From the very start, the main goal for both client and designers was to create a modern school, well adapted to current and future needs, and with the flexibility to change and meet future challenges. Functional and aesthetic considerations were also important, leading to an attractive building and inspiring workplace for both students and teachers.
The total area of the building is 14,000 m2 with room for 800 students and 150 staff members. The building’s architecture is a clear statement of intent, providing a long-life and durable copper and glass enclosure able to accommodate changing requirements. It symbolises a youthful energy: dynamic, self-assured, colourful, fresh and challenging. A skin of green pre-patinated copper embraces the building’s transparent volume, designed to give the impression of lightness and dynamism. This is heightened by the main glass facade which incorporates narrow fields of coloured glass. These elements symbolise each student as an individual and independent being.
Long-strip Copper Roofing
The framework of the building comprises concrete pillars with precast concrete beams and load-bearing steel girders. The roof construction consists of off-site manufactured roof elements with supporting beams of steel and insulation in between, covered by plywood and roofing felt. The massive, almost flat roof – with a fall of only 3 degrees – is covered with 0.7 mm thick copper in 14 m long strips, installed using long-strip techniques.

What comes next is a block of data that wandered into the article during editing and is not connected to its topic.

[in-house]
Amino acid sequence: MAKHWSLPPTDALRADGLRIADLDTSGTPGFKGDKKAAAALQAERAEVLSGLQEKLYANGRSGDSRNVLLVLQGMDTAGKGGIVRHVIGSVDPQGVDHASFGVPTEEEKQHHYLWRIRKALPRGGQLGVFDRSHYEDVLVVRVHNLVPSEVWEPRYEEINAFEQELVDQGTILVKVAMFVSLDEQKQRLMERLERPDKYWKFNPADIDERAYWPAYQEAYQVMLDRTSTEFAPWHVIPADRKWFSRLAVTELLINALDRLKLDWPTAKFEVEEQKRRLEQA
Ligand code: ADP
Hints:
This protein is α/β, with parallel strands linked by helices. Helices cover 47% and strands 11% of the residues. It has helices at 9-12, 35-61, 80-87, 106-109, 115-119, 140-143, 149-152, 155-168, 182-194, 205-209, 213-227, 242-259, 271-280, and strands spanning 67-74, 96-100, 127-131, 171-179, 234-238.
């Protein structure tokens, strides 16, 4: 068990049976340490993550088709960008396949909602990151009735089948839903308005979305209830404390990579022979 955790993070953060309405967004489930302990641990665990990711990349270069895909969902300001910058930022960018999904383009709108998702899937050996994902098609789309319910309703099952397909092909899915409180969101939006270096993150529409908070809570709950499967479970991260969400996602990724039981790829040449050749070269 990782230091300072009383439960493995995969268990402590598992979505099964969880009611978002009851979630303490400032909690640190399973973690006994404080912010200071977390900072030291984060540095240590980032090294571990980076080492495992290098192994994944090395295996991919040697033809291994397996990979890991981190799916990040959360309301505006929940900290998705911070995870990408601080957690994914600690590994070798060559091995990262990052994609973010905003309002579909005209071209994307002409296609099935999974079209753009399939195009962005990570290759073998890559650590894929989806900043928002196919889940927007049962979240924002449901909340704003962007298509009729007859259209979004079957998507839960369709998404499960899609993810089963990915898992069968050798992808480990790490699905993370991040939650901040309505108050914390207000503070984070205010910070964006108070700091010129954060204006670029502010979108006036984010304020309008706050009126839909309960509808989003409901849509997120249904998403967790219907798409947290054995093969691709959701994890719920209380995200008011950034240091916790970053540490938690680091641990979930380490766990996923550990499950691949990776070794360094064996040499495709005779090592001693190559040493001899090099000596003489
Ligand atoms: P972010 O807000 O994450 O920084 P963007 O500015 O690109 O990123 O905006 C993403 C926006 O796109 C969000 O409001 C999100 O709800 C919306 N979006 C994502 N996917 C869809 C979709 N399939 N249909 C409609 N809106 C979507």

Essentially, two external materials have been used here, both practically maintenance-free: copper for the roof and the façade skin and glass within aluminium for the glazed facades. All the materials were chosen for low maintenance costs over time and a distinct quality that will endure. The building was completed last Autumn and has already been nominated for the Bergen municipality architecture award 2010.
The concept for the choice of colour and material is that all massive interior surfaces except canteen and auditorium are white, black or grey. Reduced use of colours gives the light, which falls through the coloured glass in the facade or glass doors, a neutral projection surface to play with. This contributes to create identity and character to individual rooms
This article was published in 30/2011 issue of Copper Architecture Forum magazine.